Gender and agriculture in Western Honduras: Lessons learned (RSS 2017)


Paige Castellanos of Penn State shared this presentation at the Rural Sociological Society annual meeting in Columbus, Ohio in 2017. The presentation was prepared with co-authors Janelle Larson, Leif Jensen and Elisabeth Garner, also of Penn State. In the slideshow, Castellanos introduces "Empowering women through horticulture in Honduras" — highlighting preliminary findings from this Horticulture Innovation Lab project. 

Lessons from the Women in Agriculture Network Honduras Project

This project is led by researchers from The Pennsylvania State University and the Pan-American Agricultural School, Zamorano. Based in Western Honduras, the project seeks to illuminate how the horticulture value chain can support equity and empowerment for women.  Empowerment, in the context of the project, is defined as agency which includes the power over, the power to, power with and power within (Kabeer, 2006; Alkire et al, 2013). The project's work is grounded by a gendered economy perspective. 

Its research objectives seek to determine barriers to women’s participation in the horticulture value chain, identify barriers to women’s adoption of technologies and identify policies and cultural norms that limit the participation of women and other marginalized populations in the horticulture value chain. The project also seeks to highlight intra-household dynamics between men and women, particularly in terms of decision making, livelihood strategies and agricultural production. 

Researchers involved in the project employed focus groups and key informant interviews to gather qualitative data and a household survey to gather quantitative data. They also hosted workshops to bring producer organizations together to share their experiences and farmer field schools which integrated gender into horticulture production training. 

Household surveys in Honduras related to women's empowerment and food security

The survey was conducted across 30 municipalities and in 103 communities in Western Honduras. It asked 953 respondents (both male and female heads in each household) from 562 households about household ownership of assets, access to various types of credit, control over income, food insecurity and dietary diversity. The team used the Abbreviated Women's Empowerment in Agriculture Index (A-WEAI) to measure the empowerment, inclusion and agency of women in agriculture.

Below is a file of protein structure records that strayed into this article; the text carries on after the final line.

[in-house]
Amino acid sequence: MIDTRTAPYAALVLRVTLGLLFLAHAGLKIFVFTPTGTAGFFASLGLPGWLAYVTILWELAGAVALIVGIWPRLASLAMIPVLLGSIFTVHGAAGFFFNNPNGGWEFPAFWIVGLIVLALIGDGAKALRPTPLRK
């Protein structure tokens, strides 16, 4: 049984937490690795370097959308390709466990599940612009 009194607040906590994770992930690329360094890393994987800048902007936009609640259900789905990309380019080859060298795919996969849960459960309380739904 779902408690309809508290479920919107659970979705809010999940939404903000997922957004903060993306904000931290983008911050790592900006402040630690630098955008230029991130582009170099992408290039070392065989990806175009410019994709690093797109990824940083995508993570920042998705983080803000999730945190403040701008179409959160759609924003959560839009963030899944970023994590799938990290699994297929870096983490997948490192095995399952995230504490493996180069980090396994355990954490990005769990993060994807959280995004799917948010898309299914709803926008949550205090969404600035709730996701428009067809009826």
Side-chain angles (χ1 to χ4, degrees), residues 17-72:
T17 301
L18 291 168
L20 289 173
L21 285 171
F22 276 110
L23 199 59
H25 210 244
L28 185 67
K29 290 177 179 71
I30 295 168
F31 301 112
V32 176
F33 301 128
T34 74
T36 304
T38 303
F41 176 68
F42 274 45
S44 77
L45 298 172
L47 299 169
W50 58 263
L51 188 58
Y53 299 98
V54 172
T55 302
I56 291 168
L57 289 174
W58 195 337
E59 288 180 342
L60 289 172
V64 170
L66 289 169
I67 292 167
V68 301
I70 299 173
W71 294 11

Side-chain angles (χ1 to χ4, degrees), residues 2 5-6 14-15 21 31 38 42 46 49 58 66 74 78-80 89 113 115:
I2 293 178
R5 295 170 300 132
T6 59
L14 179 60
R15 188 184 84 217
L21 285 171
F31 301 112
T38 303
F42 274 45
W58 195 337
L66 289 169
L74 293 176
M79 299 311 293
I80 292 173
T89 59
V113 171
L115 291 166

Highlights from the quantitative survey sample demographics included:

  • Of the 162 women surveyed who were the single head of their household (17% of sample), 94 percent of these women had either only a primary school education or less than a primary school education. 62 percent were literate. 
  • Of the 400 women surveyed who lived with men in a dual-headed household (42% of sample), 91 percent of the women had either only a primary school education or less than a primary school education. 75 percent were literate. 
  • Of the 391 men surveyed who lived with women in a dual-headed household (41% of sample), 91 percent of these men had either only a primary school education or less than a primary school education. 74 percent were literate. 

Descriptions below are based on graphs and tables in the presentation.

Ownership of assets, between men and women

Approximately 100 percent of men claimed that they held ownership of assets compared to approximately 92 percent of women  As well, nearly 80 percent of men reported that they owned agricultural assets compared to 42 percent of women. 

Household access to credit

Fifty-two percent of men reported that they had access to credit and could make decisions about credit, whereas less than 30 percent of women reported that they had access to credit and could make decisions about credit. Respondents were also asked about the types of credit they have access to, with most responses related to microfinance or friend/family credit types.

Graph showing responses to questions regarding control over different types of income, based on household role
In response to questions regarding control over different types of income, men more consistently held control over income from household crops and commercial crops and women more often reported control over income from livestock. (Graph excerpted from presentation)

Household control over income from crops and livestock in Honduras

Eighty-two percent of men said that they had control over income gained from producing a household crop while just over 30 percent of women claimed to have that same income control. Approximately 68 percent of men reported that they had control over income gained from commercial crops and a mere 29 percent of women said that they held that same income control. Thirty-one percent of men reported that they had control over wage and salary income and approximately 23 percent of women had control over wage and salary income.